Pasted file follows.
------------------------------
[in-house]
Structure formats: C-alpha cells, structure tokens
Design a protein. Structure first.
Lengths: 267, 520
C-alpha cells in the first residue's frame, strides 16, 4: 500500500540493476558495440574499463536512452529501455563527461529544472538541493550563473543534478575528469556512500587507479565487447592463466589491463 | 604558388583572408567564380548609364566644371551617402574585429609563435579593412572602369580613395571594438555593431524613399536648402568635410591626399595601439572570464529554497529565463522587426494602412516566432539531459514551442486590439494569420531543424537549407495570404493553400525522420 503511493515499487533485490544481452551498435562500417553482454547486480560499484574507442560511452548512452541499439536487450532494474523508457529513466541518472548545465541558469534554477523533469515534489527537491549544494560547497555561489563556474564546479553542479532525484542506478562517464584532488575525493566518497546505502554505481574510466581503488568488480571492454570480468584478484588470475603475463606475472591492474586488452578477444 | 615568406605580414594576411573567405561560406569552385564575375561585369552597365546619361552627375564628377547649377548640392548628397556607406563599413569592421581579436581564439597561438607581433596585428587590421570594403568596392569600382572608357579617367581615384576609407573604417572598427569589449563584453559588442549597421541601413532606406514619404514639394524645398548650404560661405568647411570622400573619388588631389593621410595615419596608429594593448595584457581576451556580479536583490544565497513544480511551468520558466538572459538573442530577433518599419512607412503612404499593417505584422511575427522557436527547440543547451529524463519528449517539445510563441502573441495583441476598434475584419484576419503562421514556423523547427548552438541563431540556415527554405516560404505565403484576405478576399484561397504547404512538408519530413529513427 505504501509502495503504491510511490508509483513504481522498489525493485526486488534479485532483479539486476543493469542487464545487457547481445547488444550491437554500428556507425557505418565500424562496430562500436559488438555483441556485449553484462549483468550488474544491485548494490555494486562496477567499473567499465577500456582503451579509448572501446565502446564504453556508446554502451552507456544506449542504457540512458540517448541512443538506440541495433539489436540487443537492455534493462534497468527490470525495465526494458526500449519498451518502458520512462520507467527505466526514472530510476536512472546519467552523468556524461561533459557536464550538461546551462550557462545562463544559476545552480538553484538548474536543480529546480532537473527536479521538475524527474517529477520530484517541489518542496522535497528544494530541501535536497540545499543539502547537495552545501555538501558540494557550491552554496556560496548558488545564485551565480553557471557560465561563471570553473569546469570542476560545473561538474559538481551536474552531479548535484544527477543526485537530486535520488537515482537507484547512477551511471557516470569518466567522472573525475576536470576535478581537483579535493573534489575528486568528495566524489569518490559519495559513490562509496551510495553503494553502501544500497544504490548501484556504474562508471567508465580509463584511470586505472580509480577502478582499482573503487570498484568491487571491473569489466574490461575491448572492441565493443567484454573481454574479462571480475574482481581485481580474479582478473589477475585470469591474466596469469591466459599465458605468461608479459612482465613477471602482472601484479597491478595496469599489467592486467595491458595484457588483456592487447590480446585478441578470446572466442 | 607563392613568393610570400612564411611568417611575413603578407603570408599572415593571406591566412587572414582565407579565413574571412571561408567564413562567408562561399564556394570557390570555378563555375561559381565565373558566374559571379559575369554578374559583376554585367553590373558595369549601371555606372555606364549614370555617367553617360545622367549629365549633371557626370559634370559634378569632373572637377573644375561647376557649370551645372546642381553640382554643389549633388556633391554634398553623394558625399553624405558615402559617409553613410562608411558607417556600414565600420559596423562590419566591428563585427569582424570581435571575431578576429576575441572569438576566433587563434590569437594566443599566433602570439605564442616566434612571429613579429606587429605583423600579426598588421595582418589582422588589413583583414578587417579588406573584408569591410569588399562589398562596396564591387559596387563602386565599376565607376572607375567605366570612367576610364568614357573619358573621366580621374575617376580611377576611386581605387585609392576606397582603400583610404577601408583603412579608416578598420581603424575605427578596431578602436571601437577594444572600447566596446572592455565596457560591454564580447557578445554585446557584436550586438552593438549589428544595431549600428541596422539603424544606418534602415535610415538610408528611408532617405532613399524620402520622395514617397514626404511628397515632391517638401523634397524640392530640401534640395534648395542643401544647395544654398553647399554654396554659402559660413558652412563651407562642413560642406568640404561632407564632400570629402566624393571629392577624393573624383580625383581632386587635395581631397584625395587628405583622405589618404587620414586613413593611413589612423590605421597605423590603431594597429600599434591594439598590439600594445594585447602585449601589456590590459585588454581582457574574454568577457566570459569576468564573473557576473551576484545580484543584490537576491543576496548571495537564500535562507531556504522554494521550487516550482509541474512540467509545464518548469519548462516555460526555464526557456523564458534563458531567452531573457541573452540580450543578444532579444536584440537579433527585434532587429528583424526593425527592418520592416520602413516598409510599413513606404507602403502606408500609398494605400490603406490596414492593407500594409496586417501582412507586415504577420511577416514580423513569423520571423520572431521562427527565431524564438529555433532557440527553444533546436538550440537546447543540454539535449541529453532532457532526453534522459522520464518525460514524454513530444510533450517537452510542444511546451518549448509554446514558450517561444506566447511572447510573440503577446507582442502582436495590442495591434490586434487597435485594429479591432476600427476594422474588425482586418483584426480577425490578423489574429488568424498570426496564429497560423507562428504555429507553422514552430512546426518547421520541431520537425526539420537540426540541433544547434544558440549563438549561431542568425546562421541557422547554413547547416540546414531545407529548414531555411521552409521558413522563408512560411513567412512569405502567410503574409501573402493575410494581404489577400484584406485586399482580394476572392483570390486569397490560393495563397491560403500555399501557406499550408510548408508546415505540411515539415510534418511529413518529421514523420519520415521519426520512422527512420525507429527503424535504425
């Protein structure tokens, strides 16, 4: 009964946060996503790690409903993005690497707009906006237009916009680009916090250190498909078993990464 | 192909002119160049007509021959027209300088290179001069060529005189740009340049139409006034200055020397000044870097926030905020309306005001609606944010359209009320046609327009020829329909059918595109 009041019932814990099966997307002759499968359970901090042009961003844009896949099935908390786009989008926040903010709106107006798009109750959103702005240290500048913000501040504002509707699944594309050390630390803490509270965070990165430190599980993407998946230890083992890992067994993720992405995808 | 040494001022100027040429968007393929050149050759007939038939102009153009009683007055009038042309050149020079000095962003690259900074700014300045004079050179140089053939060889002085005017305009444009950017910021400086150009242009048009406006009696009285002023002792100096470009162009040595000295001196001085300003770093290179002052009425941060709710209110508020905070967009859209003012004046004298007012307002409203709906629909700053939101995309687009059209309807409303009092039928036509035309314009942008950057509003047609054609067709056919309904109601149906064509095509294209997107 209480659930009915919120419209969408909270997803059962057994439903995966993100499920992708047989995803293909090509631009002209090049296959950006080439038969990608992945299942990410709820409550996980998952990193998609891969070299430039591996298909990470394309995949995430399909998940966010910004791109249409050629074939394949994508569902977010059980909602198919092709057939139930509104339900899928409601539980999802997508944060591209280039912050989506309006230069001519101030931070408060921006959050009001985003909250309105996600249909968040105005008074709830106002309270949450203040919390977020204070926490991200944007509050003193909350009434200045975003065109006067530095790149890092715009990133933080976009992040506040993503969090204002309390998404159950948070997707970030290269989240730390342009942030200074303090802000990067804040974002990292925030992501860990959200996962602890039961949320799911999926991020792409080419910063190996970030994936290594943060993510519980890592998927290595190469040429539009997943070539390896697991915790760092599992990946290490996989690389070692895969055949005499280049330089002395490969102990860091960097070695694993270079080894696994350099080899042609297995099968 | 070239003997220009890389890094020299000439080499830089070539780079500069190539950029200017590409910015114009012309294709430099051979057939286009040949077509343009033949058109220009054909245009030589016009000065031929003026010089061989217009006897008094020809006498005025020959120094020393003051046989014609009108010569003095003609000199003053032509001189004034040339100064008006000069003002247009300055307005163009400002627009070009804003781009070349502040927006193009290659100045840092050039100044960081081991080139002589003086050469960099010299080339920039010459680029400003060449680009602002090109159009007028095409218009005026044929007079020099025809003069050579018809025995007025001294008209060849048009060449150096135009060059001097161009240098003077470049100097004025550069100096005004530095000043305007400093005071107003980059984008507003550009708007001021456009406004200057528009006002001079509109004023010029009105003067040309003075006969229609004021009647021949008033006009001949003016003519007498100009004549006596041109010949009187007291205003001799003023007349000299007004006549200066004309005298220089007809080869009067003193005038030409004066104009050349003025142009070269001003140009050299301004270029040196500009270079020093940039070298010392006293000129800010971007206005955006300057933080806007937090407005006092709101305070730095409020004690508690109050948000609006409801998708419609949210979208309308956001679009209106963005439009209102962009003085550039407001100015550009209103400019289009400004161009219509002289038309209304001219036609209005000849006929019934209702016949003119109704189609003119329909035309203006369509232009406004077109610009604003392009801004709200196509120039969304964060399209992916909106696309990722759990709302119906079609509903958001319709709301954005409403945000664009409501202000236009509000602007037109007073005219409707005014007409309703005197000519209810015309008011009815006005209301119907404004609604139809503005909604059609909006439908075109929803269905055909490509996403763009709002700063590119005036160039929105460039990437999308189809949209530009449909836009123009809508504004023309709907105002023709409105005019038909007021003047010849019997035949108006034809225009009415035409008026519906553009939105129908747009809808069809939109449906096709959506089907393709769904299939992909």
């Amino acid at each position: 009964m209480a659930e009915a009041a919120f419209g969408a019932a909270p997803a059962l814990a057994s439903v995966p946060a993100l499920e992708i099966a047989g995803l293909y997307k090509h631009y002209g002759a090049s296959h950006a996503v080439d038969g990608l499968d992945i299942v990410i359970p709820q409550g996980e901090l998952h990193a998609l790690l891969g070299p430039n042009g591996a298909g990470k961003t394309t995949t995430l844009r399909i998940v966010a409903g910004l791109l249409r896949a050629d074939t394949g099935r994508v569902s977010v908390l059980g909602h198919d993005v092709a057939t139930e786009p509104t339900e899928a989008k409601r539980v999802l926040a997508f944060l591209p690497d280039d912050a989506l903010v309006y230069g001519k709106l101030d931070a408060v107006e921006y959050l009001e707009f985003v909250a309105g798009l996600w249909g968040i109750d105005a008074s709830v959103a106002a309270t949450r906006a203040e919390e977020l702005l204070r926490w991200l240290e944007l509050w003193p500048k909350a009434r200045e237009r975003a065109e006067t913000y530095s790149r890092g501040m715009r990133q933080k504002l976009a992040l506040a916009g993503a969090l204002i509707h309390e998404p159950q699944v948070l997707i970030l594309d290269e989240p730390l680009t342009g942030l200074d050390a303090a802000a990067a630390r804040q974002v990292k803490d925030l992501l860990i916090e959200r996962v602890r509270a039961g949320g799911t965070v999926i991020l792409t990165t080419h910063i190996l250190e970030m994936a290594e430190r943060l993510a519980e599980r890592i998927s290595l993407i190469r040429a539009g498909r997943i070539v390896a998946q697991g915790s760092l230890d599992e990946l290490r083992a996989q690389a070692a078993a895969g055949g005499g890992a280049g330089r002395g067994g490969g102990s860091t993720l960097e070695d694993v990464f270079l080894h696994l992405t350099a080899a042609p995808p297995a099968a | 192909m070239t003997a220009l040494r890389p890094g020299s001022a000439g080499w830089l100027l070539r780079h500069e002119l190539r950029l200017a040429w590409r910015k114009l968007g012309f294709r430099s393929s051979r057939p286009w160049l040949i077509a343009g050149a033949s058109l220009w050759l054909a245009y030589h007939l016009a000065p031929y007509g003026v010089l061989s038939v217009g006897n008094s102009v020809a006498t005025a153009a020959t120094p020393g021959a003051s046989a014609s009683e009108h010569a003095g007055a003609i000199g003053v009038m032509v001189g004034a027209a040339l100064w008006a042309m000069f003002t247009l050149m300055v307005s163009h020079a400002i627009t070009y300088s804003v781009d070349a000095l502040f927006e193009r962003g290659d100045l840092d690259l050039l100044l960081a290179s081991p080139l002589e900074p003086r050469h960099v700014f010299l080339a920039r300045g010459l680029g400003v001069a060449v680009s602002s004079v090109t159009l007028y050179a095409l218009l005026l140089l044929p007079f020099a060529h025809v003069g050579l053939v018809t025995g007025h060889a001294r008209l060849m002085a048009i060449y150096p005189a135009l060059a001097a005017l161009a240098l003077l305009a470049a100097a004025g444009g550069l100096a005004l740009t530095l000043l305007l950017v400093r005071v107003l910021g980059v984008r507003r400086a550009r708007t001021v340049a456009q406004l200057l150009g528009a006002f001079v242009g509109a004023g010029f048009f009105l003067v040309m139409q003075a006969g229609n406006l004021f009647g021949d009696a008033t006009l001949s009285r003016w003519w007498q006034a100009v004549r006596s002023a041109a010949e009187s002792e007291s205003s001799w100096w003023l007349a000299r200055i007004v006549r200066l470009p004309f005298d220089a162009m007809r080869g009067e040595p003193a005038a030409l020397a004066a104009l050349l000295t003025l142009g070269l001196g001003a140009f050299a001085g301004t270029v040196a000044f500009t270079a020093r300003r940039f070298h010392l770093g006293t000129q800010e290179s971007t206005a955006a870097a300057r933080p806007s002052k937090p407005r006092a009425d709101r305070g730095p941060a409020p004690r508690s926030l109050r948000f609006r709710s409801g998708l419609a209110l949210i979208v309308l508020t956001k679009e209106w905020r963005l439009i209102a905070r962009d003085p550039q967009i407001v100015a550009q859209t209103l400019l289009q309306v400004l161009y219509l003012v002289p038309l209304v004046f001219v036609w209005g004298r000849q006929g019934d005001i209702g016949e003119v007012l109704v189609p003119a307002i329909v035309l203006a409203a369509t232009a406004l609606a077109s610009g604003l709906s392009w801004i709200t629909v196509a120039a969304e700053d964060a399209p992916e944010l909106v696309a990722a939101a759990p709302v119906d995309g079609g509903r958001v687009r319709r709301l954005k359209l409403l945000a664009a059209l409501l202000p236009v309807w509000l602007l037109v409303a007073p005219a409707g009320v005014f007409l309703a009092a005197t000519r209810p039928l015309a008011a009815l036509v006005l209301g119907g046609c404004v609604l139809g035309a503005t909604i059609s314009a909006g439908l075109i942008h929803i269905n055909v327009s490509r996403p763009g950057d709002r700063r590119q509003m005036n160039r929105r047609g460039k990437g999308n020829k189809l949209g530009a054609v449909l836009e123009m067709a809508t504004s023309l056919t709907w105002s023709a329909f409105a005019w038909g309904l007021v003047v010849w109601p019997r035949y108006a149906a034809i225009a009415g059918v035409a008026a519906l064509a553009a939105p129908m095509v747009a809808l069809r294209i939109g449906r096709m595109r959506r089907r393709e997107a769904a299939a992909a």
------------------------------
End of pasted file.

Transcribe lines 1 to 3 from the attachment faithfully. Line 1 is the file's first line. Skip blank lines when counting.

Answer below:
[in-house]
Structure formats: C-alpha cells, structure tokens
Design a protein. Structure first.